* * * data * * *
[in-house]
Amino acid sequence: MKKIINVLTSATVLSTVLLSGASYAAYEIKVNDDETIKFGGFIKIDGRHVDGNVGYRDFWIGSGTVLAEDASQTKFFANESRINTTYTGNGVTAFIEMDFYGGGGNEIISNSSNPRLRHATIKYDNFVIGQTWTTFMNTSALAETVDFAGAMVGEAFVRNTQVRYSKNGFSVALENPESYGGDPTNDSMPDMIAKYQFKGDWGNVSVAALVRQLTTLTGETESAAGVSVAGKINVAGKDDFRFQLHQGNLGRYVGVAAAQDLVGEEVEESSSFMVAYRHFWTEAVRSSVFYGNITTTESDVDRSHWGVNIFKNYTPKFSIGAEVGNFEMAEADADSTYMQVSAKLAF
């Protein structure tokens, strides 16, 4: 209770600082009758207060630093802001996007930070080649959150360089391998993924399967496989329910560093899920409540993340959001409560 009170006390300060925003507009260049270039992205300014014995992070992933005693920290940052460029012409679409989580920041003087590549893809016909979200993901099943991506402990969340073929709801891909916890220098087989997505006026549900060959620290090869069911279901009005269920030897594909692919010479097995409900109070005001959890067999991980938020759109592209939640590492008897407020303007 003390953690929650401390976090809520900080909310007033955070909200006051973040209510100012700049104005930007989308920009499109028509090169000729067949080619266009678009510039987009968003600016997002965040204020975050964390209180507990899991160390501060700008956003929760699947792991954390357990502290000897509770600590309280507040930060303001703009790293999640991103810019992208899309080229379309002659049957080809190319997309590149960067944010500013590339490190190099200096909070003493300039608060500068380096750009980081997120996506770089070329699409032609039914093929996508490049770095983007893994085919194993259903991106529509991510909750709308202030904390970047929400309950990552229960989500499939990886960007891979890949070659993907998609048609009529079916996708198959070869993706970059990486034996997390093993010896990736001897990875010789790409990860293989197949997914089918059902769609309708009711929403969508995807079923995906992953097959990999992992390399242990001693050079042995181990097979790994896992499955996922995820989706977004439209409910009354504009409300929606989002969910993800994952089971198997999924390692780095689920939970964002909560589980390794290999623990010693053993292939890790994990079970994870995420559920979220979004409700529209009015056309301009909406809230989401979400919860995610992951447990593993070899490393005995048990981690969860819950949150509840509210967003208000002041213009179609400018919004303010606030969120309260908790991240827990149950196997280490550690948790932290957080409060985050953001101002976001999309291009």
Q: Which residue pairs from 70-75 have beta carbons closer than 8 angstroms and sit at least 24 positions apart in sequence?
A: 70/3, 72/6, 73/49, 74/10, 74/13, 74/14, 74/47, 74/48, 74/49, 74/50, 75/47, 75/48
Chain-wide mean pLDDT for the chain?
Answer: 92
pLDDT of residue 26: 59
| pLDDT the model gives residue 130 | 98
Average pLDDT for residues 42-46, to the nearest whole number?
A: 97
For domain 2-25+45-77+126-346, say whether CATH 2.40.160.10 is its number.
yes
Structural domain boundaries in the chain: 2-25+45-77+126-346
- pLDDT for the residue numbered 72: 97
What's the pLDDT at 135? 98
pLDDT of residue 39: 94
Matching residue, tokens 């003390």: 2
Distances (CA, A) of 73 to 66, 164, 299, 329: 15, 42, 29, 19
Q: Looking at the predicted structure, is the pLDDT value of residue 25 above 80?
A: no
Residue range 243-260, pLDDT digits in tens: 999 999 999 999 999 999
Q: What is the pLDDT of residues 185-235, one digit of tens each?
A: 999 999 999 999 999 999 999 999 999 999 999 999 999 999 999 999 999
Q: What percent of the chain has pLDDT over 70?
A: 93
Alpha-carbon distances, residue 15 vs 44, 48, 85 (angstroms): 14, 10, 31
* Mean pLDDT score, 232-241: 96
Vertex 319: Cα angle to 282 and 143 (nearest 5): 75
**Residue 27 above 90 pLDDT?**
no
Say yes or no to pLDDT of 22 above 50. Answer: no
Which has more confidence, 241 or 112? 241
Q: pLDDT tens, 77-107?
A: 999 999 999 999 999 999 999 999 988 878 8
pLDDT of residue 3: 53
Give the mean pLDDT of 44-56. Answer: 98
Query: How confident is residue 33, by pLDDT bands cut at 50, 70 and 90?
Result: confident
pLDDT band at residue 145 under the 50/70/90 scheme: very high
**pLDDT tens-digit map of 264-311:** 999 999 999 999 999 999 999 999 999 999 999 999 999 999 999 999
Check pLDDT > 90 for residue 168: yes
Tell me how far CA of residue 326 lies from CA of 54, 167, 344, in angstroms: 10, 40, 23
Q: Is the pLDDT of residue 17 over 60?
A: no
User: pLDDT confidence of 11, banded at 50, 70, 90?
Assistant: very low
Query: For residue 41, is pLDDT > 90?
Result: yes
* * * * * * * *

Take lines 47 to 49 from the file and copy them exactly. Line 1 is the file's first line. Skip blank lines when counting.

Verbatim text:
Assistant: very low
Query: For residue 41, is pLDDT > 90?
Result: yes